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Saturday, March 04, 2006

16 Blocks Movie Review

16 Blocks (Warner Bros.)
Starring Bruce Willis, Mos Def and David Morse
Directed by Richard Donner

16 Blocks is a character-driven cop movie that takes place in New York City. The premise is simple. Downtrodden cop Willis has to take career criminal Mos Def 16 blocks from a holding cell to a court so that he can testify on a bunch of dirty cops. Morse and a handful of cops are out to stop Mos Def from testifying and will do whatever they need to- to make sure he doesn't get before the grand jury.

Simple premise, simple delivery and complex characters with significant personal history and good chemistry combine to achieve what I feel to be a solid film. Some national reviewers dismissed the movie citing Mos Def's annoying, whining nasally voice or the fact that pretty much every scene in the film is cliche'. Well, his nasally voice didn't irritate me too much and I think it added some to his character's depth. As for the the cliche's. I dare you to name a truly original movie that's been released this year. Didn't think you could...

What 16 Blocks does succesfully achieve is a sylized, camera moves, interesting and thoughtful film. It is paced for an adult audience, and judging by the crowd at the theater I saw the film in (average age of 35) - that makes sense. Director Richard Donner who gave us Lethal Weapon series is now very grown up at 70 years of age. He's not making a movie for the MTV audience, this film is a buddy movie between two different characters from different backgrounds and not a movie about special effects or CGI. I'm glad that we finally have a film that relies more on characters, performance and emotion instead of fancy camera tricks and quick edits or huge explosions. In fact because of the lack of huge action sequences, the action we do see is more appreciated and the viewer isn't numbed by it all as is the tendency in most action films.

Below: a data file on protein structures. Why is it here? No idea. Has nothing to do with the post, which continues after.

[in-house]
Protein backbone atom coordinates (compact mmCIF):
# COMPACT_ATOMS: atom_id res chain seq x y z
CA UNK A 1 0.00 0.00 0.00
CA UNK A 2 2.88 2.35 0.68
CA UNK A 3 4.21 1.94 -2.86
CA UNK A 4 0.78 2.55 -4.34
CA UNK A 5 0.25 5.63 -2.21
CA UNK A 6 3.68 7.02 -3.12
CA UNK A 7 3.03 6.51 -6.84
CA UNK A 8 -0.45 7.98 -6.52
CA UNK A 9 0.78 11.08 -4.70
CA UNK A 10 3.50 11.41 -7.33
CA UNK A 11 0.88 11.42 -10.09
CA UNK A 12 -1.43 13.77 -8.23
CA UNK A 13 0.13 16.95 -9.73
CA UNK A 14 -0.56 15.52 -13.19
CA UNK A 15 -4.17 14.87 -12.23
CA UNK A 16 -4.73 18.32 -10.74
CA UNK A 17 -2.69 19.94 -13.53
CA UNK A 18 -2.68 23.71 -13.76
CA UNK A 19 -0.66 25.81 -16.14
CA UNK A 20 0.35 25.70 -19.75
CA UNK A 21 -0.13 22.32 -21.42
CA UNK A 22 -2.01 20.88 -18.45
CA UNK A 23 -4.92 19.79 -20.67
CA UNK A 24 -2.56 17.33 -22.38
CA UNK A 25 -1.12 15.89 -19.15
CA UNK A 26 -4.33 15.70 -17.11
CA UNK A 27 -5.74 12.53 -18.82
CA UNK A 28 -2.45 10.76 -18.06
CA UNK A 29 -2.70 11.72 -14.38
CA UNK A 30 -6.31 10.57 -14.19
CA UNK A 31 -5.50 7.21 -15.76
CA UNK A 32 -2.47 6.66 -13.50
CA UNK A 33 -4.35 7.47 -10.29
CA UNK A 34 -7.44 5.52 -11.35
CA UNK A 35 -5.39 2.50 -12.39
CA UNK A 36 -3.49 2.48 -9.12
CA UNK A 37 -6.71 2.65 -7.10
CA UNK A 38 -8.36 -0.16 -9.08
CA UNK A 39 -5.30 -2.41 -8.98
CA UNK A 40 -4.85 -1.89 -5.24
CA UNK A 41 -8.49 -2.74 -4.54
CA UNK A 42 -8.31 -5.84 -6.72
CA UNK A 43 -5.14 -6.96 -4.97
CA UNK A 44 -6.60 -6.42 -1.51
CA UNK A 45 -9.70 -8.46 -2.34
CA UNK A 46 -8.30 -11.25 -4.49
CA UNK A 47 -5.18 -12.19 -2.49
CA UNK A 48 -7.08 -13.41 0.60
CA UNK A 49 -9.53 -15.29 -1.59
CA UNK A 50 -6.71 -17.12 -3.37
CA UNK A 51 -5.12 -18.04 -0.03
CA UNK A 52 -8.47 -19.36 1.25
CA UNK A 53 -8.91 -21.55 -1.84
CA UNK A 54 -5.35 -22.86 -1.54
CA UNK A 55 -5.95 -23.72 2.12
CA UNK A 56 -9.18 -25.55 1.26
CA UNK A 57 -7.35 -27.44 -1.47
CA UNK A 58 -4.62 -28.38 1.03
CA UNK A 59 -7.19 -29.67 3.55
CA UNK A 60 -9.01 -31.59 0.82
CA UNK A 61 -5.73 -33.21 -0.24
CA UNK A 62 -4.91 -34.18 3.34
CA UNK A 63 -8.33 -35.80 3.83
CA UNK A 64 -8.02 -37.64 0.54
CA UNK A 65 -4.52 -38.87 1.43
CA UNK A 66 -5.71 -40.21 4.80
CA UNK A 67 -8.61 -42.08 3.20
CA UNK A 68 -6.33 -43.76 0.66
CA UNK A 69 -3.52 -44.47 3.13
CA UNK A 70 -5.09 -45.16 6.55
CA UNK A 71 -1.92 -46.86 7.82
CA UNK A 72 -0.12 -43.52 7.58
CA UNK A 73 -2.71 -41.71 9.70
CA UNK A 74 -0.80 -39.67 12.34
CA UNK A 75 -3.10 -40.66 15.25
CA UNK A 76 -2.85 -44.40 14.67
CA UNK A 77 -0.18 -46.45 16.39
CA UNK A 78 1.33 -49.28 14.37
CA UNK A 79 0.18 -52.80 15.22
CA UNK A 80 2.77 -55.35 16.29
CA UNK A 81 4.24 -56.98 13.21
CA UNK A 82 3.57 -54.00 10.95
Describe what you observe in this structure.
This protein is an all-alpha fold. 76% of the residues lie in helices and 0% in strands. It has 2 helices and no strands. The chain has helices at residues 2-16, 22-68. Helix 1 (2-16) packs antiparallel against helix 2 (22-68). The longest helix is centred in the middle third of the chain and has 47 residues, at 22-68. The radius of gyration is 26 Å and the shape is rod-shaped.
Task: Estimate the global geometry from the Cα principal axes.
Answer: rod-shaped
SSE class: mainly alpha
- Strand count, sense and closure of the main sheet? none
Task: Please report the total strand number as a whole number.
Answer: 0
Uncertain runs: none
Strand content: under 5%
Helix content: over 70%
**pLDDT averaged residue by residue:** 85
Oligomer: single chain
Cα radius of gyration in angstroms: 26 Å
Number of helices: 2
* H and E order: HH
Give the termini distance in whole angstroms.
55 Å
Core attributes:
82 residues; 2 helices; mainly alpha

There is a sufficient arc in the film to demonstrate how each character grows and overcomes their warts and all - and the ending delivers a somewhat emotionally poignant feeling to merit a few claps from the audience as they emerge from screening the film.

Look for this film to do good business in subsequent weeks because of good word of mouth. If opening box office isn't above $15 million, I'd blame the slow-moving older target audience of the film and not Mos Def's fans. Ultimately this film will surpass the $65 million mark.

3 Stars


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